Art and solidarity in Dentistry – a view from Chile

Besides being a Dentistry student from Chile, Francisca is a perfectionist who is driven to help other people, wherever they are. This is the kind of person she is and it’s something that really comes through in this interview with her. She tells us all about the adventure she’s been on since August, when she arrived at the University. So, we’ve already said how we see her, but how does she see herself? “Braver than I thought I was”, she says.

You did part of your degree in Chile. How have you adapted to this change in system?

There were three reasons I opted to change university and come here: the international atmosphere, the facilities and the chance to take part in volunteering and cooperation programmes as a student. The change has been all for the better in every sense. Academically, the relationship between the lecturers and students is on a different plane: you can ask about anything you’re not sure about. The lecturers are very helpful and approachable.

Maybe the aim is to resolve any questions students might have before they leave the lecture room.

That’s the key.  You learn the most important things in class, but you can even stop lecturers in the corridor, they know your name and are willing to help you there and then. You never get the feeling that you’re putting them out by asking questions. There’s a real commitment from them to convey the course content and ensure that students get the most out of lectures. Their desire to help students feels genuine.


Have there been any nice surprises?

In terms of practical training, the differences are even bigger. In Chile, the student is the one who has to get out there and find patients. That means that you’re vulnerable to patients cancelling their appointments, and if you don’t reach a fixed number of patients, you can fail the course. Here, there’s less uncertainty because you get your patients through the Faculty’s own clinic, which is a real, functioning organization, with activity every day and routines which are already well established. That provides the stability and certainty you need to learn.

You’ve said that you’d like to participate in the volunteering missions that the University runs.

Helping other people in need is something that I find satisfying. Going somewhere to lend a hand is always going to be an experience with more positives than negatives. Even if the situation is a difficult one or the environment is challenging, the improvement in well-being that you can provide to others trumps that. It’s a great opportunity that the University provides us with and it’s something that doesn’t happen everywhere.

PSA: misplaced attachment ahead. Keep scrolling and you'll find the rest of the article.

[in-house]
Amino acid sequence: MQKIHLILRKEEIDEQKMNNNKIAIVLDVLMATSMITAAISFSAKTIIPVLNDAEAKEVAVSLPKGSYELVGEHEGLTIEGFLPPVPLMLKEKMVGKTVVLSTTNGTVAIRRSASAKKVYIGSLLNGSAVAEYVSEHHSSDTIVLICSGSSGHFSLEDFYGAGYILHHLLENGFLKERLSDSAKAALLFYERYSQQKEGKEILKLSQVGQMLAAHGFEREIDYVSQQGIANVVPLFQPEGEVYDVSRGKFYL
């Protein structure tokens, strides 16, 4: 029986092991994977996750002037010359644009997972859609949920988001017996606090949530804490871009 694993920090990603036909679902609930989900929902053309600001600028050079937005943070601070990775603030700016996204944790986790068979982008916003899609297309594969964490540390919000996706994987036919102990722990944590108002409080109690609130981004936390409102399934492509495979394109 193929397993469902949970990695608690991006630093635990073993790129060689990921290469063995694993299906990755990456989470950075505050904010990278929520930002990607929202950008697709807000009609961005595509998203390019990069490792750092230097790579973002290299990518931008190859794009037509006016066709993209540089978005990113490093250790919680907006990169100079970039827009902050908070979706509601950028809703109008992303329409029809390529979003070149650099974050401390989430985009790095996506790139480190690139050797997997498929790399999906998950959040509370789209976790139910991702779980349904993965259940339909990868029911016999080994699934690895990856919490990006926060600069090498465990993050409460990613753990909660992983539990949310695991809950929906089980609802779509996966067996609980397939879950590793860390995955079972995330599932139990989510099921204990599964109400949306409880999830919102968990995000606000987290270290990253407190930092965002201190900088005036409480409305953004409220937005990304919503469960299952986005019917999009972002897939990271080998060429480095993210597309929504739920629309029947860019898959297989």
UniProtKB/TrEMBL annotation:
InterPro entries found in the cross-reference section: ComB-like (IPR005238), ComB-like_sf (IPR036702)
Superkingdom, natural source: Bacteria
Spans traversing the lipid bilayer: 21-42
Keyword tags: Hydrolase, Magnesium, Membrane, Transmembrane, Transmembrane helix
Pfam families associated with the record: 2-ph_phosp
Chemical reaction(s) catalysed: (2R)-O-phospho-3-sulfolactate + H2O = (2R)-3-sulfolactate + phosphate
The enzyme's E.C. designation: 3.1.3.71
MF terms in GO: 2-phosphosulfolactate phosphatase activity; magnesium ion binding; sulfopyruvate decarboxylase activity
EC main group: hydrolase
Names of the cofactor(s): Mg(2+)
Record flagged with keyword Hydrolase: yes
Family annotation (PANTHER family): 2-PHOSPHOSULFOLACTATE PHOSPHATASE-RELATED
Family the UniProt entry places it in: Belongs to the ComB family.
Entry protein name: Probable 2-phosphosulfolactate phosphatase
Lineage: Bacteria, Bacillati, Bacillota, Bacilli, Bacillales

It sounds like sitting in an office in front of a computer all day is not for you.

I need to keep that contact with people and to give help to whoever needs it, in any way that I can. That’s what attracted me first to a career in healthcare. It’s true that I’m not great around suffering, and maybe that’s why I ended up choosing dentistry, a medical profession that’s a bit different.

What makes it different?

I think of dentistry as an art. And the patients are people who aren’t usually suffering from something which is life-threatening. I love painting and I like to see the connections between the two worlds: precision, technique and care. A millimetre here or there can change everything. That fits quite well with my tendency to be a perfectionist.

Have you thought about specializing?

I know what I want to do: paediatric dentistry. When I was in Chile, I came into contact with children and I knew that that was for me. By employing a few tricks, and a bit of patience and empathy, providing care to kids can give you a lot of satisfaction. Although I’ve already got some experience, I plan to do the Master’s Degree the CEU UCH offers in this area.

Do you have any advice for those who might be thinking about following in your footsteps and coming over from Chile or elsewhere in Latin America?

Moving abroad will help them to grow. My mum said that it was difficult to see me go, but she wasn’t selfish in that respect. I wouldn’t say coming to a new country on your own is easy, but you learn how to resolve your problems yourself, and you also know that the University is there to support you. You’ve got to take some risks and see what you’re really capable of.

Thanks for this great advice, Francisca, and for the time you set aside to talk to us. Best of luck for the future!


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